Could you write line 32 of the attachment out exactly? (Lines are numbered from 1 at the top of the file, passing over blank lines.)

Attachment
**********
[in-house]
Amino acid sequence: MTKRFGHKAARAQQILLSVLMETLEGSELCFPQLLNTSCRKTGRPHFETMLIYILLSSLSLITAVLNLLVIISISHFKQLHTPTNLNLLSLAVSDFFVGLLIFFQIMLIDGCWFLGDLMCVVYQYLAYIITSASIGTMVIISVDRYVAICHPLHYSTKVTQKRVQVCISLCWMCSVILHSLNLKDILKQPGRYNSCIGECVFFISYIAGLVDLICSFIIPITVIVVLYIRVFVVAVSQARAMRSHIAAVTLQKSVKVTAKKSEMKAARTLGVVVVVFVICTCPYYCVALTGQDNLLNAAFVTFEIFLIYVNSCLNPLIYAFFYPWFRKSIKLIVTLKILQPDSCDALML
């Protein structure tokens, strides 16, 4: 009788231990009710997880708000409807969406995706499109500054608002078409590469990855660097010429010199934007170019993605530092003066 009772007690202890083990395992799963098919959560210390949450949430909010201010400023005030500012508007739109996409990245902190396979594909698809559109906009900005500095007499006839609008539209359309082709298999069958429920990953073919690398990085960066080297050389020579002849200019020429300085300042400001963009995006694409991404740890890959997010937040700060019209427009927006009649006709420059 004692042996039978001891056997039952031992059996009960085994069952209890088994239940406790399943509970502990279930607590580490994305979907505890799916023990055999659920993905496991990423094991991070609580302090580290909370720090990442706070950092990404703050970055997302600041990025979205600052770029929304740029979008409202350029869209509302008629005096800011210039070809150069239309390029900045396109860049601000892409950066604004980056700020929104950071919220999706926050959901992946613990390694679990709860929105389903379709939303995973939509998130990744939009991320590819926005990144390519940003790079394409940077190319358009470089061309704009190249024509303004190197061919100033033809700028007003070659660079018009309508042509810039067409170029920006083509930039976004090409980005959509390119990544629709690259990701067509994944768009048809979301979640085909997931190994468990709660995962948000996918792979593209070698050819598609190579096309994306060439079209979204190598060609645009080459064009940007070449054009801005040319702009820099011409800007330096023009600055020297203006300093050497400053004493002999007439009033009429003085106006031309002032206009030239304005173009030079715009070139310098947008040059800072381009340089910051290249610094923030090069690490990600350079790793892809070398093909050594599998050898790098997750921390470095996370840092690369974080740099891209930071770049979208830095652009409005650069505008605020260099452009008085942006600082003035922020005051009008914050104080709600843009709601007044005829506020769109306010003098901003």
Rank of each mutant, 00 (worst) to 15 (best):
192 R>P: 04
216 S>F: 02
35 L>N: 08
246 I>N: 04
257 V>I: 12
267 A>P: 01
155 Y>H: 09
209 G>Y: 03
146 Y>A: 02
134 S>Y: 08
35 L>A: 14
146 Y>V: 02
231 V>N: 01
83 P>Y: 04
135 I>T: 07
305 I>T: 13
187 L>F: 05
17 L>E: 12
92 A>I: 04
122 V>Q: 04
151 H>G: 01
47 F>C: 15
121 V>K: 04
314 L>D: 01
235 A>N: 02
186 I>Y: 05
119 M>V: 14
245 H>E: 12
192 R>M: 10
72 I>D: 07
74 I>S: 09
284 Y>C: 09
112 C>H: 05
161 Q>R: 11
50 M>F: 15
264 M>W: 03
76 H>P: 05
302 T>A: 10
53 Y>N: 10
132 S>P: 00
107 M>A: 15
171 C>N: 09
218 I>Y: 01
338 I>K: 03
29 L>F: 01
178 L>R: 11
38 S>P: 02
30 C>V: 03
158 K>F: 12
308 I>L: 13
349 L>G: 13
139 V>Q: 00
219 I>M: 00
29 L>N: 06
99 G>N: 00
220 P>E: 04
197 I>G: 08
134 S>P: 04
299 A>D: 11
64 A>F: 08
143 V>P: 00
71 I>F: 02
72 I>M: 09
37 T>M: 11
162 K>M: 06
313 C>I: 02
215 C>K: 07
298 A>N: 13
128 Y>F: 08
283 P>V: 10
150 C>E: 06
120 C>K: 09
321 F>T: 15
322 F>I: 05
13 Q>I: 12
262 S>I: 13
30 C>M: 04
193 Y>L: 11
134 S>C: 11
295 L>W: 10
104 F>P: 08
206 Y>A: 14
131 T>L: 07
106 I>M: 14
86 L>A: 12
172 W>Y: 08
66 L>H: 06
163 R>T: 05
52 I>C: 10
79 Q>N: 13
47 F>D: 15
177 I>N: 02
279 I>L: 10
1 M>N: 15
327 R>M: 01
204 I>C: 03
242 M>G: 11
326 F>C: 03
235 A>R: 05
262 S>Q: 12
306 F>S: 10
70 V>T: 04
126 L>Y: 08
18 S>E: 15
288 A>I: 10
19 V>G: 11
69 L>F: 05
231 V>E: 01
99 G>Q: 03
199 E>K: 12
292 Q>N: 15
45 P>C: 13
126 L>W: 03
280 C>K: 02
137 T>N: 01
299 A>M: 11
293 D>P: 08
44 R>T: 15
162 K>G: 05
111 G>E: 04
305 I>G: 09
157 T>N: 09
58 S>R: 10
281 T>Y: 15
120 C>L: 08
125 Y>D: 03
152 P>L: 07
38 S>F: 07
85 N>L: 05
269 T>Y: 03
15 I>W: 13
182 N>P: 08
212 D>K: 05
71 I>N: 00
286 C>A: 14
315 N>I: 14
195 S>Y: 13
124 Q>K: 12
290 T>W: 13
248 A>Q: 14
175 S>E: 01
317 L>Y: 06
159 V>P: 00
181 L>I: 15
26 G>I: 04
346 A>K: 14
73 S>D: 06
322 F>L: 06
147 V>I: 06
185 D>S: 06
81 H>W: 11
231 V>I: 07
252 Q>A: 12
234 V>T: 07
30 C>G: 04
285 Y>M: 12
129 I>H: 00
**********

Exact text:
245 H>E: 12